Wednesday, June 18, 2008
Is It Magic or Bait And Switch? (By Ron)
I often hear clients and others talking about how marriage destroys good relationships. I believe that is totally wrong. Marriage is usually just the next step for couples who wish to formalize their already good relationship. So, what's with the belief about marriage destroying good relationships?
Let me answer with a story. Several years ago I counseled with a young couple who had been married two years and were having severe problems in their marriage. The sexual relationship was almost non-existent. They argued about money. There was little or no conversation between them. She complained that he was almost never home, and more.
They had met at work. He was an executive and she was a departmental manager. They didn't work closely together so the company had no problem with them dating. They began to spend more and more time with each other and finally moved in together about a year before they married. They both said they had a great relationship. They went out often, had lots of friends and were together almost all of the time they were not at work.
The relationship continued to be very good for about three months after the wedding and then problems began. It took several sessions before we were able to pinpoint the causes. As is often the case in counseling we danced around for a while before finally uncovering the source. For purposes of this blog I will skip those weeks and go right to the discoveries.
He had regularly traveled for business before they started dating. That dropped off dramatically while they dated and began to pick up again a couple of months after the marriage. Also, they began to drive to work separately because he was working later and later each day and he usually worked at least one day on the weekend. Their social life dwindled away and she spent most of her free time around the house watching television and reading.
It wasn't that they didn't know what was happening. They had discussed how hard he was working. He said he was doing it to move up in the company so she could quit work and they could start a family. She said it was because he was no longer interested in her. Then she asked why he was willing to spend so much time together while they were dating but not since they married.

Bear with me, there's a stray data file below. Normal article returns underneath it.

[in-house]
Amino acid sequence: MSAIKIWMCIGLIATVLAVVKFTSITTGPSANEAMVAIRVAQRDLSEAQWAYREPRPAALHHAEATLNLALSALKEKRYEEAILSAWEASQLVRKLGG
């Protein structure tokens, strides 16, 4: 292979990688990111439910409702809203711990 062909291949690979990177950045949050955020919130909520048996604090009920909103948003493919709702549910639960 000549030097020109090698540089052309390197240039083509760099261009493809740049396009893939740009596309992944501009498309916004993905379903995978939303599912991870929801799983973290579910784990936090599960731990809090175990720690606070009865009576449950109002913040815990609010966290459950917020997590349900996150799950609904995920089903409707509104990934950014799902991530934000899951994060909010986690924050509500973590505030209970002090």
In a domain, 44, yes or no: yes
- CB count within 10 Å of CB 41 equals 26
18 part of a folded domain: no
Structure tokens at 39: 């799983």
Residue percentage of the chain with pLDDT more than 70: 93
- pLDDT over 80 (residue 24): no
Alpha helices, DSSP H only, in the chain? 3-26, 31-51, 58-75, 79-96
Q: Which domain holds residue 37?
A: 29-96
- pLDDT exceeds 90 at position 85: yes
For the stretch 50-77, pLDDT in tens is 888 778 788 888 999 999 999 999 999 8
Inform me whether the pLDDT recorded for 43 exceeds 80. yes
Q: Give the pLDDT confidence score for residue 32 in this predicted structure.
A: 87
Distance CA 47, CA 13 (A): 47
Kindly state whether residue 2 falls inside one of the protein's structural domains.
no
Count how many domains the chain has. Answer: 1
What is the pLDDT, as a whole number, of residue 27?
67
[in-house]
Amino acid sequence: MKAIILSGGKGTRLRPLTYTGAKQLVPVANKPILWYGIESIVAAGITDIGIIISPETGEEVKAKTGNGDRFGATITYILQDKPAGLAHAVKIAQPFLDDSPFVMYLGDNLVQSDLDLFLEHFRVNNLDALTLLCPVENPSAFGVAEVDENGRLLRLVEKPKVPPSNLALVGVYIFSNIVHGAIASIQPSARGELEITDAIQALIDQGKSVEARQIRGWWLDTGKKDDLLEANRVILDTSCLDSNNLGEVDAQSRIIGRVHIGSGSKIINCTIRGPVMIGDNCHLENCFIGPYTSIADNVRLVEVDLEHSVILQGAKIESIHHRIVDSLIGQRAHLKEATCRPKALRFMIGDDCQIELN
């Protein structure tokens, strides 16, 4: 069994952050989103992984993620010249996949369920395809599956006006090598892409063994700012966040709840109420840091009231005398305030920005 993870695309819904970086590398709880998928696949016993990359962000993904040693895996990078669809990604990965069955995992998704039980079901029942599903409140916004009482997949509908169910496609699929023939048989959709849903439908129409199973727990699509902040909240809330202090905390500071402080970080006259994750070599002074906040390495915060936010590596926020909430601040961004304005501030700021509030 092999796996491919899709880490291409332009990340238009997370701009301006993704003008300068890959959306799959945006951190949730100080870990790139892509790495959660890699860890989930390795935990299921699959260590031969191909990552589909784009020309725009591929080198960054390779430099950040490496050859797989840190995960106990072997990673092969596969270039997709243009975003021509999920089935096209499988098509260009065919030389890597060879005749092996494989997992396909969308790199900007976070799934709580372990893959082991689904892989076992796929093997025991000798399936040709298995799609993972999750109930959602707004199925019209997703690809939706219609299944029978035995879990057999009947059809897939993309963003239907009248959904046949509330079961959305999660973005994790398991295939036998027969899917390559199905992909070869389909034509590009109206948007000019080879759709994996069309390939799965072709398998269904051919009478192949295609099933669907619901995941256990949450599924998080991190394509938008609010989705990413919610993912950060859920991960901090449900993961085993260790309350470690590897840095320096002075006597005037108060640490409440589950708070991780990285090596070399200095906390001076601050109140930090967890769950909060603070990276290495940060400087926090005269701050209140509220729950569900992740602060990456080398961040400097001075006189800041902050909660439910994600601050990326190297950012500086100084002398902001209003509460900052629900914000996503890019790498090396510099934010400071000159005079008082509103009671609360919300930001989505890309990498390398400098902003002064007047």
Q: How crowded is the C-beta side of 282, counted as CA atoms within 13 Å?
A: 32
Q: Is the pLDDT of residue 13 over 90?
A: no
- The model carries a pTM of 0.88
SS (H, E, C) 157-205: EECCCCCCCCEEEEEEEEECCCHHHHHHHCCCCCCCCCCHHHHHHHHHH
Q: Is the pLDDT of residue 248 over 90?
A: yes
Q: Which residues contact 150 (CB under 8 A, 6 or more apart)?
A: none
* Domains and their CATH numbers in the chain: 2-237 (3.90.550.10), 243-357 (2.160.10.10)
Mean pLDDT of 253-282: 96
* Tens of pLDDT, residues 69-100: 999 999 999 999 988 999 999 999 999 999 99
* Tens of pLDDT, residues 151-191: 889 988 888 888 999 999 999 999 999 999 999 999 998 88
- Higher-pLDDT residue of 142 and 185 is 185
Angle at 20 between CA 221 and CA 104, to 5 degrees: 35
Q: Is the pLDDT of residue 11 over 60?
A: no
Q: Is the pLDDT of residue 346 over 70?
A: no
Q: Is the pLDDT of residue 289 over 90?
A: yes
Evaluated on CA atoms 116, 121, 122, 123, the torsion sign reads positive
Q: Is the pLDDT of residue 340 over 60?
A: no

He didn't have an answer. She asked the same question another way. He still didn't have an answer. Finally, I asked why he was having such a hard time answering that simple question and he made a comment about not wanting to hurt her feelings. When I explained how it was already too late to avoid that he looked directly at her and said "you should have known that was dating behavior." In his mind, now that they were married he could go back to his normal behavior.
In other blogs I've talked about it being ok to be selfish. His type of selfishness is not ok. His wife was devastated. She told him she felt like a trophy, a prize he had won by being good and now he no longer had to be good. She made it clear that his behavior was not acceptable and they would have to compromise about their time together if the marriage was to survive. He couldn't and the marriage ended a few months later.
So, did you get what you thought you were getting in your relationship? If you are married do you blame that for problems? Each of you is still the same person you were when you met. A little older and wiser, maybe, but still the same. I have also heard so often that "he/she will change once we are married." Don't count on that. It rarely happens without a lot of help and serious commitment. "What you see is what you get" should be your mantra as you enter into any relationship.
It's behavior, not marriage that destroys relationships. When "dating behavior" and "married behavior" don't match, marriages often end. It feels like "bait and switch" and that is not a good basis for any relationship. When the behaviors match, however, that's where the magic happens.